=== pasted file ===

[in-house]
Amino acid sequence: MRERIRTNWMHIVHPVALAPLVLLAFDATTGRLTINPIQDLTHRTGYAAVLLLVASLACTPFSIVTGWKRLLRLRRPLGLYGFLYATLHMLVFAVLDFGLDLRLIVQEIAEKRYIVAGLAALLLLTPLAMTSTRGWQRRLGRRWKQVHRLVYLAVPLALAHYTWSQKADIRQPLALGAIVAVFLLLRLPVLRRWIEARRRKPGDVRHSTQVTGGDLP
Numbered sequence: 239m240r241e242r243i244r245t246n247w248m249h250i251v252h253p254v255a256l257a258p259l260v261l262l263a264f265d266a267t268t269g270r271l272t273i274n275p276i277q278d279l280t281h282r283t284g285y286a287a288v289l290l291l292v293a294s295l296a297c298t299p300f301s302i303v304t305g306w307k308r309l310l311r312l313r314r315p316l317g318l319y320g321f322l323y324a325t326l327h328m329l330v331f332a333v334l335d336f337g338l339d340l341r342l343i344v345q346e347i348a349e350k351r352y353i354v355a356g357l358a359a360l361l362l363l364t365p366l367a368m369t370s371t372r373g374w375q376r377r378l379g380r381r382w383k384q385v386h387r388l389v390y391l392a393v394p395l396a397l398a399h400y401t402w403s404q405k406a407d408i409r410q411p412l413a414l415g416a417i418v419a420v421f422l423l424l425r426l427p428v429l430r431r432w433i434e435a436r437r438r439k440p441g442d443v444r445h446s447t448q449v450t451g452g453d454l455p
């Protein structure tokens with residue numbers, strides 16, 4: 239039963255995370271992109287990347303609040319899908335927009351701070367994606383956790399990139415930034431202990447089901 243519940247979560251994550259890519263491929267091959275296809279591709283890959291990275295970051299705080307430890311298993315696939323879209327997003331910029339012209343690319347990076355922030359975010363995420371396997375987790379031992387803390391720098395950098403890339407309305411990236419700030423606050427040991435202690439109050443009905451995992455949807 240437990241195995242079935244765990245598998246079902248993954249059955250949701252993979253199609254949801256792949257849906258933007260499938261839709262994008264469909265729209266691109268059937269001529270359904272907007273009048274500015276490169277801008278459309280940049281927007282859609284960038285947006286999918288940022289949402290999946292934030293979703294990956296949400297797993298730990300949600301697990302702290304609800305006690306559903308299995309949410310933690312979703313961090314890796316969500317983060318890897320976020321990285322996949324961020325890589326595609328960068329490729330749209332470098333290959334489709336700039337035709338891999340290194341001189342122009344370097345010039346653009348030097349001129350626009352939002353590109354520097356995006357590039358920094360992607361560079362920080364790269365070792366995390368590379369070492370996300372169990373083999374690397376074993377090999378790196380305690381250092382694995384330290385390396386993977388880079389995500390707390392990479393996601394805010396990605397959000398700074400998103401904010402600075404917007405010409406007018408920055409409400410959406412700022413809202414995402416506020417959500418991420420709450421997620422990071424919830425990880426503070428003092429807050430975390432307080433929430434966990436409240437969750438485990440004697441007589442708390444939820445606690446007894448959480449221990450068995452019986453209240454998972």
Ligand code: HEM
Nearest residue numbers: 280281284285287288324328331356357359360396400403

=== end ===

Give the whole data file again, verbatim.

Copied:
[in-house]
Amino acid sequence: MRERIRTNWMHIVHPVALAPLVLLAFDATTGRLTINPIQDLTHRTGYAAVLLLVASLACTPFSIVTGWKRLLRLRRPLGLYGFLYATLHMLVFAVLDFGLDLRLIVQEIAEKRYIVAGLAALLLLTPLAMTSTRGWQRRLGRRWKQVHRLVYLAVPLALAHYTWSQKADIRQPLALGAIVAVFLLLRLPVLRRWIEARRRKPGDVRHSTQVTGGDLP
Numbered sequence: 239m240r241e242r243i244r245t246n247w248m249h250i251v252h253p254v255a256l257a258p259l260v261l262l263a264f265d266a267t268t269g270r271l272t273i274n275p276i277q278d279l280t281h282r283t284g285y286a287a288v289l290l291l292v293a294s295l296a297c298t299p300f301s302i303v304t305g306w307k308r309l310l311r312l313r314r315p316l317g318l319y320g321f322l323y324a325t326l327h328m329l330v331f332a333v334l335d336f337g338l339d340l341r342l343i344v345q346e347i348a349e350k351r352y353i354v355a356g357l358a359a360l361l362l363l364t365p366l367a368m369t370s371t372r373g374w375q376r377r378l379g380r381r382w383k384q385v386h387r388l389v390y391l392a393v394p395l396a397l398a399h400y401t402w403s404q405k406a407d408i409r410q411p412l413a414l415g416a417i418v419a420v421f422l423l424l425r426l427p428v429l430r431r432w433i434e435a436r437r438r439k440p441g442d443v444r445h446s447t448q449v450t451g452g453d454l455p
């Protein structure tokens with residue numbers, strides 16, 4: 239039963255995370271992109287990347303609040319899908335927009351701070367994606383956790399990139415930034431202990447089901 243519940247979560251994550259890519263491929267091959275296809279591709283890959291990275295970051299705080307430890311298993315696939323879209327997003331910029339012209343690319347990076355922030359975010363995420371396997375987790379031992387803390391720098395950098403890339407309305411990236419700030423606050427040991435202690439109050443009905451995992455949807 240437990241195995242079935244765990245598998246079902248993954249059955250949701252993979253199609254949801256792949257849906258933007260499938261839709262994008264469909265729209266691109268059937269001529270359904272907007273009048274500015276490169277801008278459309280940049281927007282859609284960038285947006286999918288940022289949402290999946292934030293979703294990956296949400297797993298730990300949600301697990302702290304609800305006690306559903308299995309949410310933690312979703313961090314890796316969500317983060318890897320976020321990285322996949324961020325890589326595609328960068329490729330749209332470098333290959334489709336700039337035709338891999340290194341001189342122009344370097345010039346653009348030097349001129350626009352939002353590109354520097356995006357590039358920094360992607361560079362920080364790269365070792366995390368590379369070492370996300372169990373083999374690397376074993377090999378790196380305690381250092382694995384330290385390396386993977388880079389995500390707390392990479393996601394805010396990605397959000398700074400998103401904010402600075404917007405010409406007018408920055409409400410959406412700022413809202414995402416506020417959500418991420420709450421997620422990071424919830425990880426503070428003092429807050430975390432307080433929430434966990436409240437969750438485990440004697441007589442708390444939820445606690446007894448959480449221990450068995452019986453209240454998972």
Ligand code: HEM
Nearest residue numbers: 280281284285287288324328331356357359360396400403